At Auschwitz, more than 1 million Jews and others were murdered by the Nazis. Every April, the estimated 6 million Jews and others killed during the Holocaust are remembered. This year, Holocaust Remembrance Day is Thursday.
Some Duxbury parents say they are struggling to help their children develop the skills they need to speak against injustices. After news of the audibles broke, Kate Reynolds founded an anti-hate group Stand Up Duxbury and recruited others to hold signs with her on the town green to show support for the Jewish community. She takes her daughters, ages 3 and 8.
“How can we expect our children to be able to do what’s right or to stand up for what’s right if we as adults aren’t getting it right?” Reynolds says.
Starting young is critical. Learning for Justice, a part of the Southern Poverty Law Center in Montgomery, Ala., trains teachers and provides a guide on how to teach children to speak up. Parents, like teachers, can give children four steps to use: “interrupt,” “question,” “educate” and “echo,” says Monita Bell, managing editor of Learning for Justice. When a child hears someone attacking another’s identity, interrupt. “In the moment, you say, ‘Hold up, what? What did you say?’” Bell advises. Next, question by asking the speaker what he or she meant. Third, educate with words like, “I don’t like that. That’s not funny to me.” Finally, reinforce why the offending statement is a problem.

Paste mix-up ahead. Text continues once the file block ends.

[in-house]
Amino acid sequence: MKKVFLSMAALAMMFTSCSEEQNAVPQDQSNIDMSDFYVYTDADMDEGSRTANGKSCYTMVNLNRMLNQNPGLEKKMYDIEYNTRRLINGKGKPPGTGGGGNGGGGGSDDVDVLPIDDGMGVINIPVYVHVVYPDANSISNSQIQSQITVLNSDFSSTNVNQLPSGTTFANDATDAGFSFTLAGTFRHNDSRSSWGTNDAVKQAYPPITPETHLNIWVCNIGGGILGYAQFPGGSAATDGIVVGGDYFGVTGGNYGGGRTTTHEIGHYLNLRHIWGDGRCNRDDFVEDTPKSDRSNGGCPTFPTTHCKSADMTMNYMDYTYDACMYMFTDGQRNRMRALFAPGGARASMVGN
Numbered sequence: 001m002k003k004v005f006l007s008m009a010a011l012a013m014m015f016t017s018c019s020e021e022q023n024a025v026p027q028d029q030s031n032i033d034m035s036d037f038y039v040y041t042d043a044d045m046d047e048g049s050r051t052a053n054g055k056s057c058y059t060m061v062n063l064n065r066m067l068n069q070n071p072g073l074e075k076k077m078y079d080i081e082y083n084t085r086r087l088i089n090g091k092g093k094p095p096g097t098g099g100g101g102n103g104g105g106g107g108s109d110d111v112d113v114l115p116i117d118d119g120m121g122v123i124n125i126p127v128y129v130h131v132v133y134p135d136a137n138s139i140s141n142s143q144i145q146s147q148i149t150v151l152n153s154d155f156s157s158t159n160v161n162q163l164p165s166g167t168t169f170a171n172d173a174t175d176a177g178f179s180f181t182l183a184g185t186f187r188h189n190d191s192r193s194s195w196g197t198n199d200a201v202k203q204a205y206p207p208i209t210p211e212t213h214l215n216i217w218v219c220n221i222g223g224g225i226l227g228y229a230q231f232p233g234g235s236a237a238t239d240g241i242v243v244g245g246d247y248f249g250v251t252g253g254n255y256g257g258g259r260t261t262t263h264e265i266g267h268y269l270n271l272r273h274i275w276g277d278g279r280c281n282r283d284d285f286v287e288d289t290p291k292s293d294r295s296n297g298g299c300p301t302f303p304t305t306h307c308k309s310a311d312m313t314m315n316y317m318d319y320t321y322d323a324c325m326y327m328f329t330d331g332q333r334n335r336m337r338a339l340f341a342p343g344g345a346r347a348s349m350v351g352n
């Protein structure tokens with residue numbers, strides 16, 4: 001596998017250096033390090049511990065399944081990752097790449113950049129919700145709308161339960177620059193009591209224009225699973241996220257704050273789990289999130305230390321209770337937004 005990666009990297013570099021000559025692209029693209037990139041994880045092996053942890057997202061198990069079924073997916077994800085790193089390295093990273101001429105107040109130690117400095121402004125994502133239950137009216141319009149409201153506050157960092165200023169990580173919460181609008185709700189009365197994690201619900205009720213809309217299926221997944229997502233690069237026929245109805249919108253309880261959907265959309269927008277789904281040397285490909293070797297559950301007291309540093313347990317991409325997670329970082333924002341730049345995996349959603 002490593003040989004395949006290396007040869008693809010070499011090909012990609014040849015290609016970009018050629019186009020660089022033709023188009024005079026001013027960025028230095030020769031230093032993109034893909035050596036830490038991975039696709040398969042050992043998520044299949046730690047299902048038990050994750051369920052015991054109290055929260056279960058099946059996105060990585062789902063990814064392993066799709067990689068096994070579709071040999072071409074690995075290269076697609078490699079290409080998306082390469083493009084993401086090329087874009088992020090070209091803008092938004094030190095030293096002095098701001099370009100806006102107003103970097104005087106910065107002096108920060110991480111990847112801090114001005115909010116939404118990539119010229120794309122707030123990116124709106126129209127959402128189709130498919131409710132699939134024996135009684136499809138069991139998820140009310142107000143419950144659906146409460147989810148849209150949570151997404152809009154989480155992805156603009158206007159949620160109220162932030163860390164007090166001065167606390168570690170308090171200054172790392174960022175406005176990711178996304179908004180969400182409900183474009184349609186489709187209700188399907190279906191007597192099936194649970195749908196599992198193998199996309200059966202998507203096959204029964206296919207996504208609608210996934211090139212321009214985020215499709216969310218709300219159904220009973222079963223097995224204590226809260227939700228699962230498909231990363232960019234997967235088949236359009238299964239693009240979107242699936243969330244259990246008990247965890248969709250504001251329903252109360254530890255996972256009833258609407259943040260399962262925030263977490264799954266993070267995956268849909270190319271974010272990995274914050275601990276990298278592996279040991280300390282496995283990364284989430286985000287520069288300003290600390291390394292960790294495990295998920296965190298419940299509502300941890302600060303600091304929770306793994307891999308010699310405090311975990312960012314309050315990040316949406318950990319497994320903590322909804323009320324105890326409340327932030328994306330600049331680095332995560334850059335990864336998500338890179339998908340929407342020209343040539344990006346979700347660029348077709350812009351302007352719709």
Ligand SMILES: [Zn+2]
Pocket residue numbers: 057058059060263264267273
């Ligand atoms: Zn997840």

Out of necessity, as a Black parent, Bell has already given those lessons to her 9-year-old daughter and spoken with her about identity-based injustices.
“More often than not, they’re going to experience something like this in school,” Bell says. “We have to have those conversations. We don’t have the privilege of not doing that.”
The first lesson for children must begin at home, says Laura Tavares, the program director of organizational learning and thought leadership at Facing History and Ourselves. The Brookline, Mass.-based organization created curriculum on the Holocaust and other genocides for grades seven through 12, a program used in 20,749 private and public schools. Parents should start, Tavares says, by modeling care and respect for differences, including religious ones. When driving around town, for example, point out a menorah and talk about it appreciatively.